Maine lawmakers this session approved a bill requiring hospitals and other health care facilities to clearly inform patients that they charge facility fees. It’s a watered-down version of a bill to regulate when and how the often costly fees to defray operational costs are being imposed.

The House and Senate both approved the bill, L.D. 2271, on voice votes with no roll call taken.

The bill now goes to Gov. Janet Mills, who hasn’t yet taken a position on the latest version of the bill.

Ann Woloson, executive director of Consumers for Affordable Health Care, a nonprofit that supports regulation of facility fees, said the bill, while far less strict than earlier proposals, is still a win for patients, who sometimes get charged hundred of dollars in facility fees.

“We see this as a positive first step,” Woloson said. “We hear a lot of confusion from Mainers about facility fees, why and when they are charged, how much they will be charged and how to decipher such fees on hospital bills.”

The bill would require health care facilities to post signs in their buildings and on their websites that facility fees are being charged, but it does not require that hospitals or other health care settings disclose the specific amounts of the fees. The amount a patient pays can vary, depending on their insurance coverage.


Woloson said that requiring any additional information to be provided to patients is a good step toward greater transparency.

Consumers for Affordable Health Care surveyed Mainers about facility fees this year and found that 27% said they had been charged such fees and 62% said they were excessive.

“We are hopeful that policymakers will take additional steps that help minimize the burden such fees have on patients,” Woloson said.

Lawmakers removed from the bill a provision that would have barred patients who receive services through telehealth – without visiting a health care facility – from getting charged a facility fee.

Hospital officials advocated to remove stronger regulations from the bill, arguing that facility fees sometimes are necessary because of the large amount of overhead that it costs to run a hospital.

Press Herald investigation revealed that hospitals sometimes hide the fees in medical bills with no explanation. And insurance companies sometimes refuse to cover them, leaving patients on the hook for hundreds of dollars in unexpected fees simply because they went to a hospital instead of seeking treatment from another provider.


After the stories were published, Senate President Troy Jackson, D-Allagash, introduced a bill to regulate the fees. The bill was amended to form a commission to study the topic, and the task force’s recommendations became the basis for L.D. 2271.


But as the bill went through the legislative process and hospitals lobbied, the regulations became weaker. For instance, one provision recommended by the task force that didn’t make it into the bill would have banned facility fees from being charged at hospital-affiliated facilities that weren’t located on the hospitals’ main campuses.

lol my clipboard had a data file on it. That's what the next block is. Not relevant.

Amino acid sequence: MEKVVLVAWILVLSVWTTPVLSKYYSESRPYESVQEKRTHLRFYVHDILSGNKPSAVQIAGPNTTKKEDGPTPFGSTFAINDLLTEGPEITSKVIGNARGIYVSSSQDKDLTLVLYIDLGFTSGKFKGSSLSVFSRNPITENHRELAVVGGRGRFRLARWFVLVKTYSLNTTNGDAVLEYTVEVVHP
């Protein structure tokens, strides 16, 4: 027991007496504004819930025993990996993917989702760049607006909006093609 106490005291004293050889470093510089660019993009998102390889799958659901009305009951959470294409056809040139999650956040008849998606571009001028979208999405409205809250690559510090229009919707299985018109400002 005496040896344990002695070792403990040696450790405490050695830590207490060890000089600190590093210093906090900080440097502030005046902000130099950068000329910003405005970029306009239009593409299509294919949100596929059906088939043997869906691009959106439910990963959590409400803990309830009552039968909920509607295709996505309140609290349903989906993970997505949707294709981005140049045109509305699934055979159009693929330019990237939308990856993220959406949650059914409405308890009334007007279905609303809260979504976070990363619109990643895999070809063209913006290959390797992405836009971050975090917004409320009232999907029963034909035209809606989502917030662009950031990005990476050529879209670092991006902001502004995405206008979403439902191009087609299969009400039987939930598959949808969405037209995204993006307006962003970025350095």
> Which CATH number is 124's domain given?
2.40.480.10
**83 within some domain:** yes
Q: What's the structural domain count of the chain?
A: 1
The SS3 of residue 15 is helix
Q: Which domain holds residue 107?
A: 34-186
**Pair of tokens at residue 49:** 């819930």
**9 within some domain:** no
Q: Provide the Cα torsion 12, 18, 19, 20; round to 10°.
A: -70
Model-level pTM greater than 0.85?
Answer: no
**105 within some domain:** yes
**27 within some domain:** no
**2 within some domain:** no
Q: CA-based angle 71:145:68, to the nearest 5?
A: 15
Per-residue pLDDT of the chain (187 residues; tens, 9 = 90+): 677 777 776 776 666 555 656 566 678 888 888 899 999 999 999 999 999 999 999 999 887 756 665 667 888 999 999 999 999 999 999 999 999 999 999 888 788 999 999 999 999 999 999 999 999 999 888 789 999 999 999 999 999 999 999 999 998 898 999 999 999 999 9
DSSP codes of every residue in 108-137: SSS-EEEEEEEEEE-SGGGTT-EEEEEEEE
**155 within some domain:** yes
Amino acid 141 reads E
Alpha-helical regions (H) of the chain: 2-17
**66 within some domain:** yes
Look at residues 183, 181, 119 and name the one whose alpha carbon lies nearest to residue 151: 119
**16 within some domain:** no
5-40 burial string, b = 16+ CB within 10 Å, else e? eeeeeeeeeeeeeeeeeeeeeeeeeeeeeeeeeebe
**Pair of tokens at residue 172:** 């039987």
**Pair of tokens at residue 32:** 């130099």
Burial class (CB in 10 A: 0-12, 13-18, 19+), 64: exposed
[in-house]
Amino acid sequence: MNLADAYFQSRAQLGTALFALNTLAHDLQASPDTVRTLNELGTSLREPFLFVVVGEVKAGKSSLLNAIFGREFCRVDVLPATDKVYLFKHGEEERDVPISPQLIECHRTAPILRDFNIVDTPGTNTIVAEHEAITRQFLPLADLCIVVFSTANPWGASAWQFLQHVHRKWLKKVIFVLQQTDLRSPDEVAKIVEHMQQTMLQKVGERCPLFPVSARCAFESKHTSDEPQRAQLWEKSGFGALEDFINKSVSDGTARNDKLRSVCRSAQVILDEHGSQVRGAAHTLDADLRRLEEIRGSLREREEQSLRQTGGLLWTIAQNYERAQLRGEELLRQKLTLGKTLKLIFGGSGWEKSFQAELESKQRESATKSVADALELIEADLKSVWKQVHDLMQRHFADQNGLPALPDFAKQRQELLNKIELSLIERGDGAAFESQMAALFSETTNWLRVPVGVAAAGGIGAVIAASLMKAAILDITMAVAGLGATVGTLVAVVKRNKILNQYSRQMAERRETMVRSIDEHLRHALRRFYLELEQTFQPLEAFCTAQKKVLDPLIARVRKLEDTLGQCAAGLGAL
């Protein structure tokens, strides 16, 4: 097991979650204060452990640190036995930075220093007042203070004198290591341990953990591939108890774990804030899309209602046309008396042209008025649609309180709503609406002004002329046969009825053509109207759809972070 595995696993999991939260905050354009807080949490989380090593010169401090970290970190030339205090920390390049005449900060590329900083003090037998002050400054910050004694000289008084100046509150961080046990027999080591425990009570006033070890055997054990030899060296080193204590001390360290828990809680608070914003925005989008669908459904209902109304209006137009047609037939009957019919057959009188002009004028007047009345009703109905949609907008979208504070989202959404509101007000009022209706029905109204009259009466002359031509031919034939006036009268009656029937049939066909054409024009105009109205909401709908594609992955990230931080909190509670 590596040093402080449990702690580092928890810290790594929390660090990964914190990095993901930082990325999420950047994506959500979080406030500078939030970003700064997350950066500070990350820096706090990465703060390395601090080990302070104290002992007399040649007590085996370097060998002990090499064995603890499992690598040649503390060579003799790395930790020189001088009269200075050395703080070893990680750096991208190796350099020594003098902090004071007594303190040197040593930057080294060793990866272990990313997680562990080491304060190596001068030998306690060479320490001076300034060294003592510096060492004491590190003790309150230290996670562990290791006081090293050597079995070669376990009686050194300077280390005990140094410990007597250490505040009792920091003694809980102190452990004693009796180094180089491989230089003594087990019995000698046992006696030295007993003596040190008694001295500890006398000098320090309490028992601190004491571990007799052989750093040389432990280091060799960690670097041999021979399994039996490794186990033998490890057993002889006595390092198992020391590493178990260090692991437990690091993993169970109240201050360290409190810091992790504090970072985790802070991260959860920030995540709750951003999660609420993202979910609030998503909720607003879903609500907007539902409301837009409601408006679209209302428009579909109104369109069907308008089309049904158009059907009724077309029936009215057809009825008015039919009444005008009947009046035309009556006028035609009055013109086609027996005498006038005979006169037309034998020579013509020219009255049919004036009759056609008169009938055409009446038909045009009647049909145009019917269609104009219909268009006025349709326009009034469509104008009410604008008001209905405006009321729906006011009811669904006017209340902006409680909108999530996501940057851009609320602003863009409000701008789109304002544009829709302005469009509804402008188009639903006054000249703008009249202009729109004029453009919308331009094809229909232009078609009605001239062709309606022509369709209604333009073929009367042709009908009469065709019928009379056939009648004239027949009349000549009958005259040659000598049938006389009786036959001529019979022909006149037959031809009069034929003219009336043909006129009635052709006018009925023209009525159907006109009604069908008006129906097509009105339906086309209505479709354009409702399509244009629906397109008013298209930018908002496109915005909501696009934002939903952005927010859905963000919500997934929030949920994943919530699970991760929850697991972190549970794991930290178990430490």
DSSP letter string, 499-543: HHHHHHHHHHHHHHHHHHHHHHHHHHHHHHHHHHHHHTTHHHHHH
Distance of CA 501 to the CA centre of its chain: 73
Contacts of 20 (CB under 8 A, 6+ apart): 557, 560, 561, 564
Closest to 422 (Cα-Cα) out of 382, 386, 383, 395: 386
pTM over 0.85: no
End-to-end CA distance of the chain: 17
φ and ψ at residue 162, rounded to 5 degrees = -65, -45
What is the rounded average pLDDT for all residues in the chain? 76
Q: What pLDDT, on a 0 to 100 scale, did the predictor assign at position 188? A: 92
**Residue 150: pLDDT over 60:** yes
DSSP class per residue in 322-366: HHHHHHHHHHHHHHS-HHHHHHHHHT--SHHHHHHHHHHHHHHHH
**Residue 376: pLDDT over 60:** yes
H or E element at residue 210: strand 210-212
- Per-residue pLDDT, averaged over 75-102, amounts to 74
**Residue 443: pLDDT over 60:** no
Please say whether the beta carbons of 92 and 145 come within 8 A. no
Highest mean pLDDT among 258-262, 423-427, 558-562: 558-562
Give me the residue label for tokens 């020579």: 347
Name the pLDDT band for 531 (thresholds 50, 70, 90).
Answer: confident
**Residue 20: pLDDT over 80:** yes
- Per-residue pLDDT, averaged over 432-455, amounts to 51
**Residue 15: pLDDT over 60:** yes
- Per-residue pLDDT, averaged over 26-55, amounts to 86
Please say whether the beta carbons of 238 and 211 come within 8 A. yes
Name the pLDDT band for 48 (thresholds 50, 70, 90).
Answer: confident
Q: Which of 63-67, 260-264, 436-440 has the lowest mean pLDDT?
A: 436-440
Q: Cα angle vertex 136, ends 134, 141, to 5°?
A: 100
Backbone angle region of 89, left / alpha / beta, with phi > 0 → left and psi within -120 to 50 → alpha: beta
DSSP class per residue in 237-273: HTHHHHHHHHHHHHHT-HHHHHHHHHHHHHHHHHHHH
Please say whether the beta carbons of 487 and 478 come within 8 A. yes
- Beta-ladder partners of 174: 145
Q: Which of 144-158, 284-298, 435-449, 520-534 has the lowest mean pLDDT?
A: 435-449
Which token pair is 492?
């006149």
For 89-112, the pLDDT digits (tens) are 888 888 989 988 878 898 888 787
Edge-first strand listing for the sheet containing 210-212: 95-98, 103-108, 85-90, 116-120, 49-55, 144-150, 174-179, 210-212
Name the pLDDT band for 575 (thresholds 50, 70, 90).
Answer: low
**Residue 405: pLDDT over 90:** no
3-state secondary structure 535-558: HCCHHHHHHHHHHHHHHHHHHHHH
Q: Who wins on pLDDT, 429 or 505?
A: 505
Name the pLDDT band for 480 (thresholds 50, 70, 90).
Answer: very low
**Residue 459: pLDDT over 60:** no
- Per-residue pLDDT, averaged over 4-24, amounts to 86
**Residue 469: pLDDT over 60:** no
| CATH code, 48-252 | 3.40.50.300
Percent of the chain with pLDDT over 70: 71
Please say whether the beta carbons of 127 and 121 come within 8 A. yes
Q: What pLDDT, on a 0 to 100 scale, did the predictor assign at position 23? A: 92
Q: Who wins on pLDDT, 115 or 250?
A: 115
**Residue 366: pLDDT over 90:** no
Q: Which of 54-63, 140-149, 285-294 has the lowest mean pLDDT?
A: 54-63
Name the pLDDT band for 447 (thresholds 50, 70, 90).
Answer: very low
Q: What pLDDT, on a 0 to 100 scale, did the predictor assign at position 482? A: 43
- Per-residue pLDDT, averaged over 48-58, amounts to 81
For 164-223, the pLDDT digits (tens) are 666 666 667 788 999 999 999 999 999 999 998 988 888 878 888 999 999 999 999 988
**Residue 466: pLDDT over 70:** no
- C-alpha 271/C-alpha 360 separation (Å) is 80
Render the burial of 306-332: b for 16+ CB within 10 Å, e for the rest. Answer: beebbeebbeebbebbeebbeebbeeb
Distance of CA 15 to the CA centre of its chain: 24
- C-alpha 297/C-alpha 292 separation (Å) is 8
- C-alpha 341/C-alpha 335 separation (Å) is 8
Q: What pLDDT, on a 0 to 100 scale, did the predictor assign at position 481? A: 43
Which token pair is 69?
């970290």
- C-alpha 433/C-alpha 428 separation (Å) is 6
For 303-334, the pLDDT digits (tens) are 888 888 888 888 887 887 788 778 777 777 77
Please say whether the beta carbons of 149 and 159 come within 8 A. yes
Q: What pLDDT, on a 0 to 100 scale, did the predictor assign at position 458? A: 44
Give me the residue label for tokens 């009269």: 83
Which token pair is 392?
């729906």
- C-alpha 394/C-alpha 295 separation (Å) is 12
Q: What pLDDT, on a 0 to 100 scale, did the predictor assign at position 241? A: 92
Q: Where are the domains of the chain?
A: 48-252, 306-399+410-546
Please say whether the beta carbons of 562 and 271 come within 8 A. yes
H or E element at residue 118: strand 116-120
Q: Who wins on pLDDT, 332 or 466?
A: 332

Jeff Austin, vice president of government affairs for the Maine Hospital Association, said during a hearing this winter that outright banning of facility fees in certain cases would “have a devastating financial impact on hospitals, including the potential closure of some facilities and the loss of patient access to health care services.”

And Lugene Inzana, associate chief financial officer of MaineHealth, in testimony before the Legislature’s Health Coverage, Insurance and Financial Services Committee in March, said that Maine already has a number of regulations on the books that require disclosure of facility fees or bans them in certain cases, such as in office settings for those covered by private insurance.

Katie Harris, chief government affairs officer for MaineHealth, said in a statement on Friday that “we appreciate that the (health coverage) committee ultimately concluded that Maine’s hospitals are not inappropriately charging patients. We understand that hospital billing can be complex, and at times patients can become frustrated with that complexity.”

But Stephanie DuBois, a spokesperson for Anthem Blue Cross Blue Shield, said on Friday that despite certain Maine limits, facility fees sometimes are being incorrectly put on patients’ bills. She said more needs to be done in future legislative sessions to improve protections for patients.

“It was encouraging to see progress,” DuBois said. “But we want to see strengthened protections for Mainers.”

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